Senate Republicans Decry the M.T.A. Bill, But Can’t Stop It

ALBANY—Republicans have started formally making their case against the M.T.A. bailout bill, voicing objections for the record that will not, barring some unforeseen act, affect its final passage.

In the State Senate, Democrats Martin Malave Dilan and Bill Perkins answered questions as best they could. Dilan weathered the most blistering of the Republican storm, getting grilled by State Senators John Flanagan and Tom Libous.

Flanagan attempted to ask Dilan whether the bill, which he considered a "mandate," would be subject to an executive order issued last week by David Paterson requiring more stringent reporting related to mandates.

Dilan refused to answer questions regarding the executive order. Flanagan attempted to ask Majority Leader Malcolm Smith and State Senator Carl Kruger, the chairman of the Finance Committee, about whether the bill would be subject to this scrutiny. Neither yielded to the question, which was ruled out of order because neither had spoken on the bill. (Smith did speak to accept a message of necessity from Paterson.)

"Apparently there's nobody on the Senate majority side willing to yield to a series of questions related to an executive order," Flanagan said, prompting State Senator Joe Robach, who sits next to him, to boo. "There is a direct correlation between this action and raising local property taxes."

There is agreement on this point. The New York State Association of Counties issued a statement saying the M.T.A. bill "directly contradicts those efforts and puts the onus, once again, on New York's hardworking property taxpayers."

Libous grilled Dilan as to whether the bill would provide funding for upstate roads and bridges. It does not, though there is language expressing "legislative intent" to fund a road and bridge plan later.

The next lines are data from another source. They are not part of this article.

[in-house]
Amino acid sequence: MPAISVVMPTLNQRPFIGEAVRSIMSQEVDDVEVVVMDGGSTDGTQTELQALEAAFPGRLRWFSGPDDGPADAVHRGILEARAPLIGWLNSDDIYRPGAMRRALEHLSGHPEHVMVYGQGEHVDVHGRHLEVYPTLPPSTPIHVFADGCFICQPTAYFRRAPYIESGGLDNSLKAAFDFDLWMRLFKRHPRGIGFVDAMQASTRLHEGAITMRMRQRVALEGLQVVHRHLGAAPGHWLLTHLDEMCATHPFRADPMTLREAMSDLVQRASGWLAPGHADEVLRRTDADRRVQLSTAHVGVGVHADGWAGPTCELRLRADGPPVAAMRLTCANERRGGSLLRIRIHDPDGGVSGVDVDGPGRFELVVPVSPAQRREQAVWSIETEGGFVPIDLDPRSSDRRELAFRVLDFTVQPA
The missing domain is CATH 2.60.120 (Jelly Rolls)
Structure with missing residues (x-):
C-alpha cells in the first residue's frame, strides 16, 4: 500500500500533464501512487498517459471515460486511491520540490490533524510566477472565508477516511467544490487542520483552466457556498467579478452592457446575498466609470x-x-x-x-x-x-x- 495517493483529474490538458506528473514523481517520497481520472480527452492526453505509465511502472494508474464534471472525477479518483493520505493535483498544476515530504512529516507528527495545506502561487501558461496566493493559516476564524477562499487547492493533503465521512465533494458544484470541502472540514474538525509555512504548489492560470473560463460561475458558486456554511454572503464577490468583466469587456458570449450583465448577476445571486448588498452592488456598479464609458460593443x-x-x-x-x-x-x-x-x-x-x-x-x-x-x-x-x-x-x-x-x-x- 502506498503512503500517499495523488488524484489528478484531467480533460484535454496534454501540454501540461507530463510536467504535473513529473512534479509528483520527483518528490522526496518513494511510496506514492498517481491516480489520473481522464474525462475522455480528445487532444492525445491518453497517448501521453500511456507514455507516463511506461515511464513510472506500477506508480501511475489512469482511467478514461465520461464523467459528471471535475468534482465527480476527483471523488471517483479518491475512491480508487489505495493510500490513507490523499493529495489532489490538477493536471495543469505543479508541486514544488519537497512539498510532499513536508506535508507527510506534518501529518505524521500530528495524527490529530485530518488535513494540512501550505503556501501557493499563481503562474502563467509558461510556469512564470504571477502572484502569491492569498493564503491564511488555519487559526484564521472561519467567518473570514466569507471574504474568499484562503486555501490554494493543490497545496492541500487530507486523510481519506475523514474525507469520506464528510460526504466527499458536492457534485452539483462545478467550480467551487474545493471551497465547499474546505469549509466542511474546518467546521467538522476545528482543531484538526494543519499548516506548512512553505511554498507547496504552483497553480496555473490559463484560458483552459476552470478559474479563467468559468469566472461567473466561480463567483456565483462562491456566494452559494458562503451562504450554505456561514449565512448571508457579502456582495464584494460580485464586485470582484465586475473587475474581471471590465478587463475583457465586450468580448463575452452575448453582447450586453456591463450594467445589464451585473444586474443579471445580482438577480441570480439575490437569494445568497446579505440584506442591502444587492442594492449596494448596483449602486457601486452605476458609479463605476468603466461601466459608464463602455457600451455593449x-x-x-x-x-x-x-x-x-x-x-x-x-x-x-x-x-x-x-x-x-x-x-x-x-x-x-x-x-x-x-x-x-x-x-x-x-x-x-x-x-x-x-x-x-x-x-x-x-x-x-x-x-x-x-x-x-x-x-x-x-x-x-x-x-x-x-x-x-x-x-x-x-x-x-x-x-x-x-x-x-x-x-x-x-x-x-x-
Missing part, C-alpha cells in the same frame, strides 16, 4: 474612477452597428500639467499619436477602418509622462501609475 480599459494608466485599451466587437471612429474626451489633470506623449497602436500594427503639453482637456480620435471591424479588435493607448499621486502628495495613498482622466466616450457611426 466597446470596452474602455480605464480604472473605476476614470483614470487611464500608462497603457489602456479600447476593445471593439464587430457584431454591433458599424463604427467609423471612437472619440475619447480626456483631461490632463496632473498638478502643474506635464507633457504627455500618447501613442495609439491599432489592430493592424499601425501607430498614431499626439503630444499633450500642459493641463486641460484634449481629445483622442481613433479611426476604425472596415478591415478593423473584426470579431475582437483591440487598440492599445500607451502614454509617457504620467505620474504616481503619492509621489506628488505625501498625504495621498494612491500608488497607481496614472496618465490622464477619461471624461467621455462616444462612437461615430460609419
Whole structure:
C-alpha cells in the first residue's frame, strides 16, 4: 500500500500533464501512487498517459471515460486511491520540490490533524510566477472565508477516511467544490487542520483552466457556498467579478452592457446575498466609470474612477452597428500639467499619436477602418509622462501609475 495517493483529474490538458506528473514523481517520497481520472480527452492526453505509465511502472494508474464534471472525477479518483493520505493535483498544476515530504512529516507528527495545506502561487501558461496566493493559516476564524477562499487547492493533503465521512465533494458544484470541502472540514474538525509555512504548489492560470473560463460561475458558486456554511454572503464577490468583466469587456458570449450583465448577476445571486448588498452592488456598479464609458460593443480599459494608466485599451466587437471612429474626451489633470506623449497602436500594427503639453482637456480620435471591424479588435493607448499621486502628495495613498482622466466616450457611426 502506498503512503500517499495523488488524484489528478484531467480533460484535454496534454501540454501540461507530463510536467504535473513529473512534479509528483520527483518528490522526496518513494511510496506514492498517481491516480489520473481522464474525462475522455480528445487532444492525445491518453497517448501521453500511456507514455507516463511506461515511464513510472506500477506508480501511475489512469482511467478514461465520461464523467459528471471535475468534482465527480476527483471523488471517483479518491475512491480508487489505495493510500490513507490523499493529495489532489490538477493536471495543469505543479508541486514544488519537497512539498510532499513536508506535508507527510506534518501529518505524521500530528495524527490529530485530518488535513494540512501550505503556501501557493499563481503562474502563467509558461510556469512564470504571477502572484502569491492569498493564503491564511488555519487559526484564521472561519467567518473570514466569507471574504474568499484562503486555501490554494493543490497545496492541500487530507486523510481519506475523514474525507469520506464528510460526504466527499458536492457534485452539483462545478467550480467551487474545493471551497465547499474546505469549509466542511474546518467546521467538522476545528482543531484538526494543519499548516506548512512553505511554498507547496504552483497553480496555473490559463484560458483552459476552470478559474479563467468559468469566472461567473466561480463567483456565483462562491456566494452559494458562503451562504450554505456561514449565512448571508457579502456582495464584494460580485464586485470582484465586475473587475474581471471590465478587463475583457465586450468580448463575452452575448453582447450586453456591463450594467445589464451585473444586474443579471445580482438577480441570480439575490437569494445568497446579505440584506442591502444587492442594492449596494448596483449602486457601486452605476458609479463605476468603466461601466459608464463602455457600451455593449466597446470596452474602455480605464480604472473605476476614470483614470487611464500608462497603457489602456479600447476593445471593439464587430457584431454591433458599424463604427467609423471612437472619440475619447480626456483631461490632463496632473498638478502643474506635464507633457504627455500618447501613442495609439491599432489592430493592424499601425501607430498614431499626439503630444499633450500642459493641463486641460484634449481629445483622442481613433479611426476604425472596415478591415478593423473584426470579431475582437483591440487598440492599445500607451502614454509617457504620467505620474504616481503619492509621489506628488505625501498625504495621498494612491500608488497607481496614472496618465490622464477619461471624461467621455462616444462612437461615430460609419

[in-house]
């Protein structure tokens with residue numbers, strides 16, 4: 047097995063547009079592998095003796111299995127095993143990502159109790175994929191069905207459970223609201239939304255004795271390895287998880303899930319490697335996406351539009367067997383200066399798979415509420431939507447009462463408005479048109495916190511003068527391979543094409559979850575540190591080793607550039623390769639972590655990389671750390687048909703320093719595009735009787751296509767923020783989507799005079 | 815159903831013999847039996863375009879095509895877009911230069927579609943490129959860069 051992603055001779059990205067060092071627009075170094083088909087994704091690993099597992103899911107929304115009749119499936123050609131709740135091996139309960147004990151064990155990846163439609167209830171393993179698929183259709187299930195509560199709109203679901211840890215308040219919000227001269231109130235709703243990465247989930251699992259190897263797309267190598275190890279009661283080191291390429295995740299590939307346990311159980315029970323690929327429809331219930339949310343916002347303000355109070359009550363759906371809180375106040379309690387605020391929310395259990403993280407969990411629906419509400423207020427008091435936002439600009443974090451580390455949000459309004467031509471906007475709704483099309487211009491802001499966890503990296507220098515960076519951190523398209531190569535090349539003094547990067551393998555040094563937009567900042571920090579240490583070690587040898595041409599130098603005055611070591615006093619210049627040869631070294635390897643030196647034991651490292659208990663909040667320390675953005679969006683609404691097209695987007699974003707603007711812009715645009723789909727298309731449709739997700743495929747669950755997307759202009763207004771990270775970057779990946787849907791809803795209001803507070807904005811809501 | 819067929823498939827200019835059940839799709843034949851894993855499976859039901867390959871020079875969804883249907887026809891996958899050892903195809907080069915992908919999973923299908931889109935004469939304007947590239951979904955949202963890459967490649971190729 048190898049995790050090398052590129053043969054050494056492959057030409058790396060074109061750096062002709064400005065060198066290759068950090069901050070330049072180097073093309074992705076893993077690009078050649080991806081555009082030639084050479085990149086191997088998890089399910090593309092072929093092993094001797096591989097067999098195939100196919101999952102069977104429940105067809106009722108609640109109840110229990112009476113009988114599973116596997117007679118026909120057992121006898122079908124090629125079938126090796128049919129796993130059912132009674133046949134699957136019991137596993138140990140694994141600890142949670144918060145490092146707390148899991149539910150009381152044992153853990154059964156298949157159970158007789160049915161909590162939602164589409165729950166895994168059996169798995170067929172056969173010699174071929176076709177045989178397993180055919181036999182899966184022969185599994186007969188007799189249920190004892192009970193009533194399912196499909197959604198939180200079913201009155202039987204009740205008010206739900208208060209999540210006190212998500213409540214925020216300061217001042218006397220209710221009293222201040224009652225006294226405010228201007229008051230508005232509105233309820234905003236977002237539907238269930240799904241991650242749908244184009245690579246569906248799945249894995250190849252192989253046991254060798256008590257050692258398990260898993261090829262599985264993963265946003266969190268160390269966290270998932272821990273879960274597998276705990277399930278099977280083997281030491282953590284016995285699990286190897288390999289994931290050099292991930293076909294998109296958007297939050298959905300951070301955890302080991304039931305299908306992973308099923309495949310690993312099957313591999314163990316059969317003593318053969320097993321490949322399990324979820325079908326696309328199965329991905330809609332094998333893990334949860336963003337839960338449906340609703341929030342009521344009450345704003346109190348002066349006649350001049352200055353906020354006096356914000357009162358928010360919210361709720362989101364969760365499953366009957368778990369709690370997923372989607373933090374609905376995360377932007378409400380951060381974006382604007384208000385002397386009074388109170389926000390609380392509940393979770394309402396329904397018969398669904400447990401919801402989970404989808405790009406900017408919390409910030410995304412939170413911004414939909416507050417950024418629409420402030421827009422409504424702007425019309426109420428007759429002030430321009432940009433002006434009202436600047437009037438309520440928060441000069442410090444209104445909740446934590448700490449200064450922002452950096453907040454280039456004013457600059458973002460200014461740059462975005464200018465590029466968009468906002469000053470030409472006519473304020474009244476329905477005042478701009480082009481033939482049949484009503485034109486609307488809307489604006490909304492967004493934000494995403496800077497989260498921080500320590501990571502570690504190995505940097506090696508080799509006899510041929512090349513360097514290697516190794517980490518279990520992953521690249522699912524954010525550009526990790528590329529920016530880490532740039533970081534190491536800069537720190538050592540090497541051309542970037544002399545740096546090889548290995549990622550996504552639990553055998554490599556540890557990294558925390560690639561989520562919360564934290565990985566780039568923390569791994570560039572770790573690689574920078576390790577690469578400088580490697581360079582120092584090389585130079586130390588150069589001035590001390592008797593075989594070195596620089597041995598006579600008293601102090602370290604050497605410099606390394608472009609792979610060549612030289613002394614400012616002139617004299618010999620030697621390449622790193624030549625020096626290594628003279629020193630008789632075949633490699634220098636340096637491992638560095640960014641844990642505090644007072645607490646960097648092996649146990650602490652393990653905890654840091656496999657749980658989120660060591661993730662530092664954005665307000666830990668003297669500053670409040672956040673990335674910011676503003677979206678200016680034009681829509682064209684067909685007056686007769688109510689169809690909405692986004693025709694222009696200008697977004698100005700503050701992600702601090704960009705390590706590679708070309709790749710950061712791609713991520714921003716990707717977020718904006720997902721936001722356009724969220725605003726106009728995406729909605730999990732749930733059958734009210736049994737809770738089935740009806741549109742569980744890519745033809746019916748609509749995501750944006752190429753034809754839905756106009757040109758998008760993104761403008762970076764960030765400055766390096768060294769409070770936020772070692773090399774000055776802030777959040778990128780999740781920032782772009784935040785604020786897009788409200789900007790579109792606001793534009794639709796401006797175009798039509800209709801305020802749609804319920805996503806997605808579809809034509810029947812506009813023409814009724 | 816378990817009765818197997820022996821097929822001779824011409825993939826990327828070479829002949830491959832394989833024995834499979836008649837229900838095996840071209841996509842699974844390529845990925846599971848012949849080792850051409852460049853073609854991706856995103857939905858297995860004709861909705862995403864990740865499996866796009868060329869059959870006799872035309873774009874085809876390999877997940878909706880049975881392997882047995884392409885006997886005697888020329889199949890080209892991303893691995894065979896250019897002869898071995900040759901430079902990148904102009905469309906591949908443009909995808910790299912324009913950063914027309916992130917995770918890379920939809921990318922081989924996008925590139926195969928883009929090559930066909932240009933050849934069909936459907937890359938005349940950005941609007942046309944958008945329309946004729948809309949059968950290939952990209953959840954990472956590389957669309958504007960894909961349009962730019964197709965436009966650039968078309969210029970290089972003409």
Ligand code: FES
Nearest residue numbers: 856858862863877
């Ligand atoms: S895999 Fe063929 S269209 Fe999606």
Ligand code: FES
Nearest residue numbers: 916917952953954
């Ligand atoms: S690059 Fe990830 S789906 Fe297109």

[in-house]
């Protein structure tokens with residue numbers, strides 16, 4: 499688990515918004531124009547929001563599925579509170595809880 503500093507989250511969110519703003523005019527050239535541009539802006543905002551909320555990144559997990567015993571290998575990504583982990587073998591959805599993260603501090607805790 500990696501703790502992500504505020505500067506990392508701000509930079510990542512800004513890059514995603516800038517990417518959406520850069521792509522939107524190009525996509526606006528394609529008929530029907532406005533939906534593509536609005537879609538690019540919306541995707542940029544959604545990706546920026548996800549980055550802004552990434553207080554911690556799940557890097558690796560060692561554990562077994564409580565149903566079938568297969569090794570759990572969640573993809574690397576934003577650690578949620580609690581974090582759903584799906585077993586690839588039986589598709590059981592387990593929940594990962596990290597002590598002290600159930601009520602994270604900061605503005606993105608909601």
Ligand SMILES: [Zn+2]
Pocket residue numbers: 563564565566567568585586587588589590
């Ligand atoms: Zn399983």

Libous said this was a break in the tradition of how things have been done since 1995. Dilan kept repeating the same answer: "Right now we're dealing in this legislation with the M.T.A. financial package, which deals with their operating deficit and also a two-year capital plan."

In an expression of exasperation, Libous banged his glasses down onto his desk.

"The upstate roads and bridges are being forgotten in the gluttony," he said. "I'll be amazed at whether or not anything is done, because I don't know where you're going to find the revenues to do it."

The Assembly moved after the Senate. The bill passed through the Ways and Means and Rules committees before going to the floor; several Assembly sources said Speaker Sheldon Silver did not want to take up the bill before the Senate did, making sure it passed there first. His spokesman denied this.

In the Ways and Means Committee, Assemblyman Jim Hayes asked whether there were safeguards in the bill to prevent "sweeps" of money.

"When the legislature robs the money from the Environmental Protection Fund," Hayes said, "can they do the same thing with the mechanisms laid out in this bill?"

There was no firm denial. The bill was reported to the floor.

Senate Republicans Decry the M.T.A. Bill, But Can’t Stop It